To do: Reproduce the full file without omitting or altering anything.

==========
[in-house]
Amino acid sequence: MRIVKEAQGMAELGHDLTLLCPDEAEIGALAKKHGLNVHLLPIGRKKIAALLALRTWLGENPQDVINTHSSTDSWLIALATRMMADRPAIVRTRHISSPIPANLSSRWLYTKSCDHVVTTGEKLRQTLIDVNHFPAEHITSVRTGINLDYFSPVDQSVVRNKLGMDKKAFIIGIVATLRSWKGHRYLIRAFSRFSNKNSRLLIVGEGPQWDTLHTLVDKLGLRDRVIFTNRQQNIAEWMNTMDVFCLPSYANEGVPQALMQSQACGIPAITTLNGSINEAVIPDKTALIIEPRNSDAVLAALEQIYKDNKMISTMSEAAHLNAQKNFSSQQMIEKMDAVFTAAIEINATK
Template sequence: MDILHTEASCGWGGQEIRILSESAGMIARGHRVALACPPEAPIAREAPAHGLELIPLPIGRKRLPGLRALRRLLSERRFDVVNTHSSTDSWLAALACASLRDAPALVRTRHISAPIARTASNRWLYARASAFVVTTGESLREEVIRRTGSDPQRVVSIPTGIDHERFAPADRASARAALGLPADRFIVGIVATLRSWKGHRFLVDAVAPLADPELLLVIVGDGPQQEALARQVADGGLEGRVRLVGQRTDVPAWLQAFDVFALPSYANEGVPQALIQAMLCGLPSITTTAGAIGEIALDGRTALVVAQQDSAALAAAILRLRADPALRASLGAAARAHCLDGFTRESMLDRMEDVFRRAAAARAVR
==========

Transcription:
[in-house]
Amino acid sequence: MRIVKEAQGMAELGHDLTLLCPDEAEIGALAKKHGLNVHLLPIGRKKIAALLALRTWLGENPQDVINTHSSTDSWLIALATRMMADRPAIVRTRHISSPIPANLSSRWLYTKSCDHVVTTGEKLRQTLIDVNHFPAEHITSVRTGINLDYFSPVDQSVVRNKLGMDKKAFIIGIVATLRSWKGHRYLIRAFSRFSNKNSRLLIVGEGPQWDTLHTLVDKLGLRDRVIFTNRQQNIAEWMNTMDVFCLPSYANEGVPQALMQSQACGIPAITTLNGSINEAVIPDKTALIIEPRNSDAVLAALEQIYKDNKMISTMSEAAHLNAQKNFSSQQMIEKMDAVFTAAIEINATK
Template sequence: MDILHTEASCGWGGQEIRILSESAGMIARGHRVALACPPEAPIAREAPAHGLELIPLPIGRKRLPGLRALRRLLSERRFDVVNTHSSTDSWLAALACASLRDAPALVRTRHISAPIARTASNRWLYARASAFVVTTGESLREEVIRRTGSDPQRVVSIPTGIDHERFAPADRASARAALGLPADRFIVGIVATLRSWKGHRFLVDAVAPLADPELLLVIVGDGPQQEALARQVADGGLEGRVRLVGQRTDVPAWLQAFDVFALPSYANEGVPQALIQAMLCGLPSITTTAGAIGEIALDGRTALVVAQQDSAALAAAILRLRADPALRASLGAAARAHCLDGFTRESMLDRMEDVFRRAAAARAVR